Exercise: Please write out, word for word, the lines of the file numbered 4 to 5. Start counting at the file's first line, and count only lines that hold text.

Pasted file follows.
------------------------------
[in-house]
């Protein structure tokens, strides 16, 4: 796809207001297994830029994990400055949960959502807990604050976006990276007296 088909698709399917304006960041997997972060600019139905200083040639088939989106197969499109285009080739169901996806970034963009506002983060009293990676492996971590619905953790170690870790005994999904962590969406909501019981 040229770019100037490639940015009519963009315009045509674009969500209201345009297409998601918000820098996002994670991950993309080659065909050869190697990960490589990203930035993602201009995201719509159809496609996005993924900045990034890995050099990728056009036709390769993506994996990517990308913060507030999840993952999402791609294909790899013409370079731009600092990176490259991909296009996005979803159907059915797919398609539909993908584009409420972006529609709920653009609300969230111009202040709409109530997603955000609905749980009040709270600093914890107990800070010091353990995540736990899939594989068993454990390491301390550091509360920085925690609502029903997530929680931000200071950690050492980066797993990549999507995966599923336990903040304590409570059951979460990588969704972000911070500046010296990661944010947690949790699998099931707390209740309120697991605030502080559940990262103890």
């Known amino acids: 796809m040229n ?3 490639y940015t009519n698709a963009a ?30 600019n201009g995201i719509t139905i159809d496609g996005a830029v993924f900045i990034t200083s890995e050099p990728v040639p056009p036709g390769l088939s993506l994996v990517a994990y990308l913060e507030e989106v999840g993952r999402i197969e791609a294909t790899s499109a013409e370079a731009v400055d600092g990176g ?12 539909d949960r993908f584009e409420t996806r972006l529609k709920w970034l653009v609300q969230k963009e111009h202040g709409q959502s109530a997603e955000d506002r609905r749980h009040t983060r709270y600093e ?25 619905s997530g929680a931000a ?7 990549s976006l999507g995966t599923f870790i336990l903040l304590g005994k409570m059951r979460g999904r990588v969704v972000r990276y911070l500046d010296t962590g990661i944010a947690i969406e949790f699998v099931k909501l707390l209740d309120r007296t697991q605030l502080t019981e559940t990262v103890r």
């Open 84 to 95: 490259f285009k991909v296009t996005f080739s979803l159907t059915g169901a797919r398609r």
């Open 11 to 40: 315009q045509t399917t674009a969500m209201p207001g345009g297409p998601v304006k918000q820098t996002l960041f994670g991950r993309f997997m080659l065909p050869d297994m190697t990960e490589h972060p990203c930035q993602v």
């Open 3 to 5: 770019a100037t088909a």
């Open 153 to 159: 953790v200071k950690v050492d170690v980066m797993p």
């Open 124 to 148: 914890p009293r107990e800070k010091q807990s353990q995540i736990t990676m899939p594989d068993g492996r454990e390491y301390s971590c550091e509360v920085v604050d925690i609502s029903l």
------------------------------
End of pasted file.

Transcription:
């Open 84 to 95: 490259f285009k991909v296009t996005f080739s979803l159907t059915g169901a797919r398609r």
């Open 11 to 40: 315009q045509t399917t674009a969500m209201p207001g345009g297409p998601v304006k918000q820098t996002l960041f994670g991950r993309f997997m080659l065909p050869d297994m190697t990960e490589h972060p990203c930035q993602v």